“I had to run from the school to my aunt’s home if I heard the sound of gunfire, or saw smoke and flame at a distance from the school. We had to run from our classroom during studying time. We had to run quickly from classrooms and hide in shelters when villagers had cried that the navy force was coming. Sometimes, I had to run and hide for safety when I heard the sound of gunfire while studying at home,” Ma Khaing Khaing Wai said.
“We had to study amid armed conflict and our courses were not finished at school. So, I was worried that I couldn’t pass my matriculation exam because I could not learn all the lessons. I would cry when I thought about it,” she said.
She added that her studies were notably disrupted when her home village, Mone Than Pyin in Kyauktaw Township — where her parents were still living — was burnt to the ground. She received the terrible news two days before she was to sit her matriculation exam.
When the names of those who had passed the exam were posted, her name was not included on the list.
“I do not feel sad though I did not pass the exam. I think it is because of my life, which has faced situations worse than it. I want to pass the exam because I want to see my parents and elder sister happy,” she said.
Ma Khaing Khaing Wai said she wanted to sit the matriculation exam again, but did not want to leave her job to study as she worried that she might not get the job back after her exam, she said.
There are about 79,000 IDPs at camps in Arakan State and more than 100,000 IDPs who are taking shelter outside designated camps due to hostilities between the Tatmadaw and Arakan Army. According to figures from the Rakhine Ethnics Congress (REC) released in November, the number of female IDPs is 15% higher than male IDPs.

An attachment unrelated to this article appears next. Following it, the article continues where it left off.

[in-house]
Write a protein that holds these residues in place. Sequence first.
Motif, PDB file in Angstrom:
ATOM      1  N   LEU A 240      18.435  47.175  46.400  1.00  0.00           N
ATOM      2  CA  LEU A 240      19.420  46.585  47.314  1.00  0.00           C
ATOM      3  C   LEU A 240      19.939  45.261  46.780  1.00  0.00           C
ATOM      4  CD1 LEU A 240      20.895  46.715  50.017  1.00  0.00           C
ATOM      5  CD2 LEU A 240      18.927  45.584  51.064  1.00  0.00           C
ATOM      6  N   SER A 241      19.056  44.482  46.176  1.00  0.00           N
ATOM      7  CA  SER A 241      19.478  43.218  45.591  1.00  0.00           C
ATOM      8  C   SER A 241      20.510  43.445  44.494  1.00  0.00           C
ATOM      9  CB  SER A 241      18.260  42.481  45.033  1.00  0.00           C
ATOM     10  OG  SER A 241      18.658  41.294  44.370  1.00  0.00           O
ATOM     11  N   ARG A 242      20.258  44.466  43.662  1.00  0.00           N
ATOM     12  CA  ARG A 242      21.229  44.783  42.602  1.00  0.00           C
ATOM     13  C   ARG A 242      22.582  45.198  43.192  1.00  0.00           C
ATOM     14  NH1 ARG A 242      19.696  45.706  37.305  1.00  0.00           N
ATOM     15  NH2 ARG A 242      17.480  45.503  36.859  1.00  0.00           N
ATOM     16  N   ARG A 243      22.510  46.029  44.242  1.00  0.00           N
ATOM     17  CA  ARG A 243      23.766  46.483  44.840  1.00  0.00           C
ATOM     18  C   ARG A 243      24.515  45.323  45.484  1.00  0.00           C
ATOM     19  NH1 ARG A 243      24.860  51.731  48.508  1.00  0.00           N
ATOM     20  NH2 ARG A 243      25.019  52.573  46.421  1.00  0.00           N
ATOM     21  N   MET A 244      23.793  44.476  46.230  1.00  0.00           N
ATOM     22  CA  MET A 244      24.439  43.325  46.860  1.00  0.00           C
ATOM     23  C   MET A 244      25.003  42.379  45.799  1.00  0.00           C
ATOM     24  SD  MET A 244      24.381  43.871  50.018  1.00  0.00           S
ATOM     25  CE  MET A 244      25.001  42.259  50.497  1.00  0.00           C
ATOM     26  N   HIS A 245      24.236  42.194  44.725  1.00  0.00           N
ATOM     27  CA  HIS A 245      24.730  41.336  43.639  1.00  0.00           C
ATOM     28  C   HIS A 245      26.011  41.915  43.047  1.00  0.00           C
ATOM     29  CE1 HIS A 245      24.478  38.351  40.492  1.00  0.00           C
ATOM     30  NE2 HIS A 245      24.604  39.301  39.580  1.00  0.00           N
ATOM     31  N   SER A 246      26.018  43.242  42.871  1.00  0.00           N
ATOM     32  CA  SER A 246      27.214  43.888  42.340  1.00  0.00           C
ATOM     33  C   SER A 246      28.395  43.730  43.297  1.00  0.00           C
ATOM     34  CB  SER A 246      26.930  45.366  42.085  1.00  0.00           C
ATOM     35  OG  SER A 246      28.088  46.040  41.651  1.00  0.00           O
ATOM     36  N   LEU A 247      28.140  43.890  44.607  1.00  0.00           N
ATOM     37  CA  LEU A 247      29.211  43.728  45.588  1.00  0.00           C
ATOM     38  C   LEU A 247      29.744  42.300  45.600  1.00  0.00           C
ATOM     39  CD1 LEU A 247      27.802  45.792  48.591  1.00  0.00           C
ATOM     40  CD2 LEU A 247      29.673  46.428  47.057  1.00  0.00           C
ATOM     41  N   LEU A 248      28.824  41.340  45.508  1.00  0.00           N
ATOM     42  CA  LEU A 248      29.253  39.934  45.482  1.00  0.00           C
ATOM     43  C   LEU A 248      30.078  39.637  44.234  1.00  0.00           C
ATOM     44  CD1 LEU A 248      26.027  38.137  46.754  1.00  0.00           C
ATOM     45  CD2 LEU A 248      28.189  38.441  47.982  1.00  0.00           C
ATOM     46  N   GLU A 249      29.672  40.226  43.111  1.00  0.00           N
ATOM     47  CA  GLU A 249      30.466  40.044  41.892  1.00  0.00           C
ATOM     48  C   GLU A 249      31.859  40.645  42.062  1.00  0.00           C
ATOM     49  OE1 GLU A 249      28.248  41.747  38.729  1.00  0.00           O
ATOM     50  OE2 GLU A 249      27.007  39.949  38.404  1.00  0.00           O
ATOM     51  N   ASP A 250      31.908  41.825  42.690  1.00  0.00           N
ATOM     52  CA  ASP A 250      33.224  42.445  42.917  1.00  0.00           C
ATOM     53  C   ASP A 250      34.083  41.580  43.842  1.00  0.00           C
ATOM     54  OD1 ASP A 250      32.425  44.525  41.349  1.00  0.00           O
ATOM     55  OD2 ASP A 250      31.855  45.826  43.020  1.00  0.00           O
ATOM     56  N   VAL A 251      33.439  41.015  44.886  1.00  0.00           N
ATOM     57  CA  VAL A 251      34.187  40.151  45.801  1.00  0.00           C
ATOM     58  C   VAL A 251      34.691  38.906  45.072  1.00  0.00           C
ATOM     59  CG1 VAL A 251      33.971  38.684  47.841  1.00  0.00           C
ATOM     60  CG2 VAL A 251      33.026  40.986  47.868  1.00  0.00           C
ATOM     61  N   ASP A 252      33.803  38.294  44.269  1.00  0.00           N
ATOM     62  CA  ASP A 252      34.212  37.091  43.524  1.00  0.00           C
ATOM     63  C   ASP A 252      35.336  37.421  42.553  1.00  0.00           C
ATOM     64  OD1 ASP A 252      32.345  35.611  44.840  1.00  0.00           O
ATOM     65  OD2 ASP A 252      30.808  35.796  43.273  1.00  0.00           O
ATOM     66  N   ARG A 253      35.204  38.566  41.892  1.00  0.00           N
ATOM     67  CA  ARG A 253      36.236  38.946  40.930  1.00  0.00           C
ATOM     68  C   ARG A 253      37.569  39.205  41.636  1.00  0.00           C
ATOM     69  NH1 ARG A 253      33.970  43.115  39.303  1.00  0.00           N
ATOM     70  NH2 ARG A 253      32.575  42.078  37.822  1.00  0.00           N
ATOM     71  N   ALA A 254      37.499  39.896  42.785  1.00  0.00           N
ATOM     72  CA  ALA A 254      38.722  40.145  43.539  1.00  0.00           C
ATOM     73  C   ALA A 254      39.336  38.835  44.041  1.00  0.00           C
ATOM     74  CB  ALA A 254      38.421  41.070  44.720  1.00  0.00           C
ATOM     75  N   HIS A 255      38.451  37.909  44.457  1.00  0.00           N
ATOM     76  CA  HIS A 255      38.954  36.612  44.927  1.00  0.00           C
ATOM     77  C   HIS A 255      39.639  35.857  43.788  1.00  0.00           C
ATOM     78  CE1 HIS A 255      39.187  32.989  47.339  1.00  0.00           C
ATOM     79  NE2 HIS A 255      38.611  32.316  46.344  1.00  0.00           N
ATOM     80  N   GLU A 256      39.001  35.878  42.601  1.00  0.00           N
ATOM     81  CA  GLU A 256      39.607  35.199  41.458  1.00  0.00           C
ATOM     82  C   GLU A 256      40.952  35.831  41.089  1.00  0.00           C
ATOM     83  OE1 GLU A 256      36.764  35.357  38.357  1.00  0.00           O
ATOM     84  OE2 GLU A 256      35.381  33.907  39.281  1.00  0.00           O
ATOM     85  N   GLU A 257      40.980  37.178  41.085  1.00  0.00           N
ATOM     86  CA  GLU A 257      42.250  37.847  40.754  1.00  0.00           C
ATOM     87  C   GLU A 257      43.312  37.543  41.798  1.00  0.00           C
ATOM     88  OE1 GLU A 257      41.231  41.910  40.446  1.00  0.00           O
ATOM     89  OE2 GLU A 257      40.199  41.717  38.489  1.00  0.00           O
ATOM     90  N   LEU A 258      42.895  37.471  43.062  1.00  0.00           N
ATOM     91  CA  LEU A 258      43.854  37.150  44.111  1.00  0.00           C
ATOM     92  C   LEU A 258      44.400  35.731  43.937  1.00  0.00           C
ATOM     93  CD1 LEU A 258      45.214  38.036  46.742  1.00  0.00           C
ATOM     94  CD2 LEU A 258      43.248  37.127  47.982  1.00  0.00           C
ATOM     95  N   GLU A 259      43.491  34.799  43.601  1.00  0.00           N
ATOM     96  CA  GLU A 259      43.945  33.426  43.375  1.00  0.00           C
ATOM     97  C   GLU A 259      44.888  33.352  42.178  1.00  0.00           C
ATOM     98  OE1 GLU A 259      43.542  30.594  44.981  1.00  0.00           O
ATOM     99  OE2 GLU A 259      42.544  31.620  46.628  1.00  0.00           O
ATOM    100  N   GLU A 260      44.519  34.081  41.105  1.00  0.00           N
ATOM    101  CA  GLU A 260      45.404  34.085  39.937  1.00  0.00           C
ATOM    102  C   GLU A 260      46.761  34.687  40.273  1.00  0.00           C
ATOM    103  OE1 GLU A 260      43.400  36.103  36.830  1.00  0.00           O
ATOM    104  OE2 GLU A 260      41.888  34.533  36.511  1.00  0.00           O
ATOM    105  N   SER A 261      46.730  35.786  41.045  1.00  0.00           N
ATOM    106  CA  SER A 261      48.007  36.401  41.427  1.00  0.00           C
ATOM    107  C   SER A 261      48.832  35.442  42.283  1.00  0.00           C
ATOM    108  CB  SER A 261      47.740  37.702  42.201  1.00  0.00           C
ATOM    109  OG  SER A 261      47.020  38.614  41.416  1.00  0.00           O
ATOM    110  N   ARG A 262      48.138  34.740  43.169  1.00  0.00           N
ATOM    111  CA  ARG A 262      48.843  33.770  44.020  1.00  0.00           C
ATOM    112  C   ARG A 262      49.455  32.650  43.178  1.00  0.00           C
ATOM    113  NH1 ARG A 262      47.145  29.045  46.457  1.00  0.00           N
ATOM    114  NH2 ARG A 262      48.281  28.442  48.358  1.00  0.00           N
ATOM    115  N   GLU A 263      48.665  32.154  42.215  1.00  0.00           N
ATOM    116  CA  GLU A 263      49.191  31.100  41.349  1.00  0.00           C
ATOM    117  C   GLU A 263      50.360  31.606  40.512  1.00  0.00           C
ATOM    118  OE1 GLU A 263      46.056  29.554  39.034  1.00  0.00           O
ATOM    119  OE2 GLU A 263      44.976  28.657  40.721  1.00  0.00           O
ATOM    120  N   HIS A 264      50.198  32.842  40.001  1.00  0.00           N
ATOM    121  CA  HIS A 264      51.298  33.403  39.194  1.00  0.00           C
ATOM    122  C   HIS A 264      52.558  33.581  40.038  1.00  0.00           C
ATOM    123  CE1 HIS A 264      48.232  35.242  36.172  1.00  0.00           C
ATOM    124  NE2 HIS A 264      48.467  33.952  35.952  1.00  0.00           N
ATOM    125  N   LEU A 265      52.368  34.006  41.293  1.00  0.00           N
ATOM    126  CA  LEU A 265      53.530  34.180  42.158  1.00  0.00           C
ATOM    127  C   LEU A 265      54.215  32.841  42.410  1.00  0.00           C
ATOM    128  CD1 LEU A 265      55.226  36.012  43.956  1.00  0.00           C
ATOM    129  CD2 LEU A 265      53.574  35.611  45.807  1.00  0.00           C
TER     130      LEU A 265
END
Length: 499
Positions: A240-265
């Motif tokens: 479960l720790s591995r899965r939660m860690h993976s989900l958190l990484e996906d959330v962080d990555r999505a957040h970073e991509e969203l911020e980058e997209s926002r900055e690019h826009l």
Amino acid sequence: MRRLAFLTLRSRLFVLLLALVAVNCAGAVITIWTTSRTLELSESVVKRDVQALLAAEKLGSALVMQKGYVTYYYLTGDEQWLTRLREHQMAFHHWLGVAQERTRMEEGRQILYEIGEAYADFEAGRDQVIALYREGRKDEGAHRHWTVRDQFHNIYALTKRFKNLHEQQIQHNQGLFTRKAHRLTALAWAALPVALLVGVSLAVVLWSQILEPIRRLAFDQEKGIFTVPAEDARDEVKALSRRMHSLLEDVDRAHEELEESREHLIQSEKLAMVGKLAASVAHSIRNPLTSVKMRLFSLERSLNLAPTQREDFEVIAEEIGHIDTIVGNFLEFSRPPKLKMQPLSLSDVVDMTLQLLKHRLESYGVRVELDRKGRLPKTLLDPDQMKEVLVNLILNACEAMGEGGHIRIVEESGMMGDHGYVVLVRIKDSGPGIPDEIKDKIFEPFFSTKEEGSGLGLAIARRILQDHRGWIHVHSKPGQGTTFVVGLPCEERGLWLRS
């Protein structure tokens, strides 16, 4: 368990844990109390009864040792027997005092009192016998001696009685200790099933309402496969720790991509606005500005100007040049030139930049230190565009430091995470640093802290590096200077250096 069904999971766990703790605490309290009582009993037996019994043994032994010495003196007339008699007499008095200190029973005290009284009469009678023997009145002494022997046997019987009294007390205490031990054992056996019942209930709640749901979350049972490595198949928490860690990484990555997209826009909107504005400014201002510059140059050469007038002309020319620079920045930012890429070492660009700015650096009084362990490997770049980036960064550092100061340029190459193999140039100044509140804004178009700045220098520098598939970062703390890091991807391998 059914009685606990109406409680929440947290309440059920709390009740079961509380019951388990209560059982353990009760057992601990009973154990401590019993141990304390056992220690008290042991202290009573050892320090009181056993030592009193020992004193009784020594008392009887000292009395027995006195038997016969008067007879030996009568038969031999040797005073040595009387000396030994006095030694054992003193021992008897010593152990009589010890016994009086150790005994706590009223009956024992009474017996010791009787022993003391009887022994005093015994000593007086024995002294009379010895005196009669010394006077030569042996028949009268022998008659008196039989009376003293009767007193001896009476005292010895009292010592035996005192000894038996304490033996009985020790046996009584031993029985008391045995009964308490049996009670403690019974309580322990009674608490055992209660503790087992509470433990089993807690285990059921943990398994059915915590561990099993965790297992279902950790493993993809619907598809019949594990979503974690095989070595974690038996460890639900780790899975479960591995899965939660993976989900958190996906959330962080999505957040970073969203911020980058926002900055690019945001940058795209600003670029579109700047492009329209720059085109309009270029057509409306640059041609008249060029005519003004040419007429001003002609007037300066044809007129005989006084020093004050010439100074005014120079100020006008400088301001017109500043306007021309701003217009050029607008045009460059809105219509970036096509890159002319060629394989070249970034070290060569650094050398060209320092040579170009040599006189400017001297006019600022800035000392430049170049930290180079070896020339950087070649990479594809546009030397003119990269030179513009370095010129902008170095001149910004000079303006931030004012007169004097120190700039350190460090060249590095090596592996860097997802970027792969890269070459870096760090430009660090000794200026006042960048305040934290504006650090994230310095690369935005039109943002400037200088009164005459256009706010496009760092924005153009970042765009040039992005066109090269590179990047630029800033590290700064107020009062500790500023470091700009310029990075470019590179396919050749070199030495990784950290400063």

Some IDP camps in Arakan State are provisioned by the government, while others do not receive government aid. Thanks to a halt in fighting between the Tatmadaw and AA currently, IDP camps are receiving aid from the International Committee of the Red Cross and World Food Programme that had previously seen deliveries suspended, according to the REC.
However, IDPs need a lot of things. Among other concerns, they face accomodation difficulties. Tiny rooms crowded with people are not ideal for young women. So many come to Yangon with the help of their relatives, and are working at factories. Though life may be hard in Yangon, they do not want to return to the IDP camps.
“My situation here in Yangon is better than living at IDP camps in Arakan State. I can send some money to my family. I am facing some difficulties now because of the COVID-19 outbreak, but I cannot return home. If I return home, I will have to stay at an IDP camp,” said Phyu Ma Chay, who left an IDP camp in Kyauktaw Township and is working in Yangon.